Maj (Dr). Ivan Edwards was born in Uganda, and speaks fondly of his motherland. He says that he is proud to have set foot in the USA, and given the tools to become a doctor and a senior military officer.
He shares his sentiments of an underlying “racial bias” in a country in which he was born and having to explain to folk that he is as much a Ugandan as they are. Here is the story of his upbringing and his life experience as a Ugandan.
My story would be incomplete without some background information.
I was born at Mengo Hospital in the 1960s to biracial parents—an amorous product of mixed heritage early European settlers left on the Ugandan landscape.
My father, Teddy Edwards (now deceased), was half English and half Ugandan. His father, Charles Edwards, from whom we derived our last name, was an English settler who left Europe in the early 1920s for Uganda. Like many settlers before him, Charles Edwards loved Africa and Uganda in particular. He romanced and settled with a Ugandan woman, Julie (from Hoima), and raised a family. Charles never returned to Europe. He didn’t have to—and didn’t want to. He had found his new home, Uganda. He died in the 1950s and was buried in Uganda.
My mother, Ludmilla Nabisooli (still living in Uganda) is half Czech and half Ugandan. Her father, Jaromir Skrlandt, left Europe after World War I. Upon his settlement in Uganda, he fell for a Muganda lady and their offspring included my mother. To no surprise, Jaromir never returned to Europe. He learned Luganda and Swahili, and spoke Luganda so well that the native speakers gave him a Luganda name. Jaromir, like Charles, had found his new home. He died in 1970 and was buried in Uganda.
My father, Teddy Edwards, was a successful Workshop manager at East African Breweries—later renamed Uganda Breweries (following the collapse of the East African Community).
In all ways, we were raised in a good home environment. I attended good government schools for my entire primary and, later, secondary education.
However, we didn’t escape the tribulations of Amin’s dictatorial rule. In the early 1970s, my father was falsely accused, beaten, and imprisoned (without trial) by Amin’s henchmen—a common practice in the bloody dictator’s regime. Without the intervention of Brig Bogere (a military physician under Amin’s administration with whom we had developed close family ties), my father would have been killed. Though he was released alive, my father didn’t leave the death chambers unscathed: he permanently lost sight in one eye and had multiple welts and wounds from the brutal lashes he received while in confinement.
While my father was unlawfully detained (and without his income to support us), we endured some hardships. My mother, single-handedly, took charge and helped raise us through those rough times. How she did it…to this day, I don’t know!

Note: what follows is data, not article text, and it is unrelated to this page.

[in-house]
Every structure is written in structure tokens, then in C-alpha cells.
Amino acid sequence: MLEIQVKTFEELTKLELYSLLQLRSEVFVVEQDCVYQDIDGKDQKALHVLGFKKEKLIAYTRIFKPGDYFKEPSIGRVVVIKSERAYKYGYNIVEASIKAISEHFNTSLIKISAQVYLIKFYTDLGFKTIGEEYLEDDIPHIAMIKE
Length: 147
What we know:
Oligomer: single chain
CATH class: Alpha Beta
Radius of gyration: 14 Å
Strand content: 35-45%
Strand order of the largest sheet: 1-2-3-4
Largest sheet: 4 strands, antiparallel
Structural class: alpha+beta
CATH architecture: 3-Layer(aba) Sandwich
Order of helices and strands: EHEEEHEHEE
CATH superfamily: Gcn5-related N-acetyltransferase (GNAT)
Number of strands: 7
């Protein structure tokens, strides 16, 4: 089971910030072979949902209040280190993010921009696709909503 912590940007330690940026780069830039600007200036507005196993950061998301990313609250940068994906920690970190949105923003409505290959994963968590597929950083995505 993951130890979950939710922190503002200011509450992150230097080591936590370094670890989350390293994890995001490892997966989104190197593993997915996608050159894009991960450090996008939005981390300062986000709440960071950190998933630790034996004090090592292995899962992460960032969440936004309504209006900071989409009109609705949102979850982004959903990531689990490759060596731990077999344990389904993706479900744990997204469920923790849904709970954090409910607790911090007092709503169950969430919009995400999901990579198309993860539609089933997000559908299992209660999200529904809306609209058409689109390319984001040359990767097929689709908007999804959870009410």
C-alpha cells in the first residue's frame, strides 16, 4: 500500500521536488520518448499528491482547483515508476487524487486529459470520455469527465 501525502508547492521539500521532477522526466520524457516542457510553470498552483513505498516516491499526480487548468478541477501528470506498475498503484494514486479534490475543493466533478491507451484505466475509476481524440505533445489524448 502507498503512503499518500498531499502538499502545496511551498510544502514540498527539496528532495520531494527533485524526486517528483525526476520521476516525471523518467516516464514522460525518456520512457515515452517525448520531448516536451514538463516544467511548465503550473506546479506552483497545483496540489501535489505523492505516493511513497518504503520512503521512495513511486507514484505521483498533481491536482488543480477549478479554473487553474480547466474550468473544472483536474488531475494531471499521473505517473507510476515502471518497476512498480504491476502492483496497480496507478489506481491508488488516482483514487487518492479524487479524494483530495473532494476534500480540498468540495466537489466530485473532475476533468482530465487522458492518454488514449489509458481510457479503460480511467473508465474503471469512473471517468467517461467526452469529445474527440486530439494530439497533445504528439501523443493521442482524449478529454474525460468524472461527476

In a way, we were not permitted to dwell on the dire circumstances but on the good possibilities that could, one day, become reality.
Some instances were too painful to bear. For instance…the two separate times when my father’s life was almost extinguished. Twice, he was shot at. One incident involved a man who, without provocation, brandished a pistol in my father’s face (in public) and pulled the trigger. Fortunately, the dislodged bullet grazed my father’s scalp…and, somehow, my father managed to escape with blood pouring from his injury. The other close encounter involved a home invasion in which armed assailants—and the one with an AK 47—shot my father twice in the arm and torso. Fortunately, again, my father survived. But that wasn’t all!
That same night when my father was shot, my mother was shot too, in her pelvis–at point blank by the same assailant with the AK 47 rifle. To this day, I cannot describe the feelings I felt brew inside me. To see your parents bleed all night from gaping bullet wounds—and you could do nothing but clamp towels on them to stop the bleeding . . . with nowhere to go and no one to call since there was a curfew and travel restrictions in place . . . that is a nightmare I wish no one ever gets to experience in this life . . . ever! And to suffer such brutality without the protection of a police force and/or the services of a humanitarian body (let alone a basic ambulance service) in spite of being innocent law abiding taxpayers and citizens was mind shattering!
Naturally, no police investigations were ever conducted. This was our own ordeal to handle.
Though my parents eventually survived their injuries following prolonged treatment at Nsambya Hospital, our lives were changed forever. My father kept a very low profile in society, and avoided public functions. My mother sustained permanent internal injuries—which, to this day, limit her full physical functionality.